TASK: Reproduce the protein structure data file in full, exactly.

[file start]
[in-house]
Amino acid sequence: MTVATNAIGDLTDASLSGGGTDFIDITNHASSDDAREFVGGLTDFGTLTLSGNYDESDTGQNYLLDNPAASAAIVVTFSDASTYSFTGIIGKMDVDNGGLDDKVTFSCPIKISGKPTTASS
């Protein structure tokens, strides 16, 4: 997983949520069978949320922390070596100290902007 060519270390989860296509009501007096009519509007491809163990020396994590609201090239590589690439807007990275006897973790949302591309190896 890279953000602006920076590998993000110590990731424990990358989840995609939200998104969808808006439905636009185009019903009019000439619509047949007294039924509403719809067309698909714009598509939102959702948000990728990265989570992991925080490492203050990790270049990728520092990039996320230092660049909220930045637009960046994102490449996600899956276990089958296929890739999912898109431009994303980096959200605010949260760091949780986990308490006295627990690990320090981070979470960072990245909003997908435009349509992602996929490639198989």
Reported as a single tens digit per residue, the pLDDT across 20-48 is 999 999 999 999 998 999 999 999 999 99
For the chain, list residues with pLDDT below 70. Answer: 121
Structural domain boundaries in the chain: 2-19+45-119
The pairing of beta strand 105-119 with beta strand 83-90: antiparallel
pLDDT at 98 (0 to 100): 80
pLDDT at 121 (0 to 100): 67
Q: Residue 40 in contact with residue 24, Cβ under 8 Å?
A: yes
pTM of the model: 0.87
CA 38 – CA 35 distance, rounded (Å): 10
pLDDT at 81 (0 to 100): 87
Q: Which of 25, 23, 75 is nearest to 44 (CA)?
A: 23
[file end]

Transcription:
[in-house]
Amino acid sequence: MTVATNAIGDLTDASLSGGGTDFIDITNHASSDDAREFVGGLTDFGTLTLSGNYDESDTGQNYLLDNPAASAAIVVTFSDASTYSFTGIIGKMDVDNGGLDDKVTFSCPIKISGKPTTASS
């Protein structure tokens, strides 16, 4: 997983949520069978949320922390070596100290902007 060519270390989860296509009501007096009519509007491809163990020396994590609201090239590589690439807007990275006897973790949302591309190896 890279953000602006920076590998993000110590990731424990990358989840995609939200998104969808808006439905636009185009019903009019000439619509047949007294039924509403719809067309698909714009598509939102959702948000990728990265989570992991925080490492203050990790270049990728520092990039996320230092660049909220930045637009960046994102490449996600899956276990089958296929890739999912898109431009994303980096959200605010949260760091949780986990308490006295627990690990320090981070979470960072990245909003997908435009349509992602996929490639198989």
Reported as a single tens digit per residue, the pLDDT across 20-48 is 999 999 999 999 998 999 999 999 999 99
For the chain, list residues with pLDDT below 70. Answer: 121
Structural domain boundaries in the chain: 2-19+45-119
The pairing of beta strand 105-119 with beta strand 83-90: antiparallel
pLDDT at 98 (0 to 100): 80
pLDDT at 121 (0 to 100): 67
Q: Residue 40 in contact with residue 24, Cβ under 8 Å?
A: yes
pTM of the model: 0.87
CA 38 – CA 35 distance, rounded (Å): 10
pLDDT at 81 (0 to 100): 87
Q: Which of 25, 23, 75 is nearest to 44 (CA)?
A: 23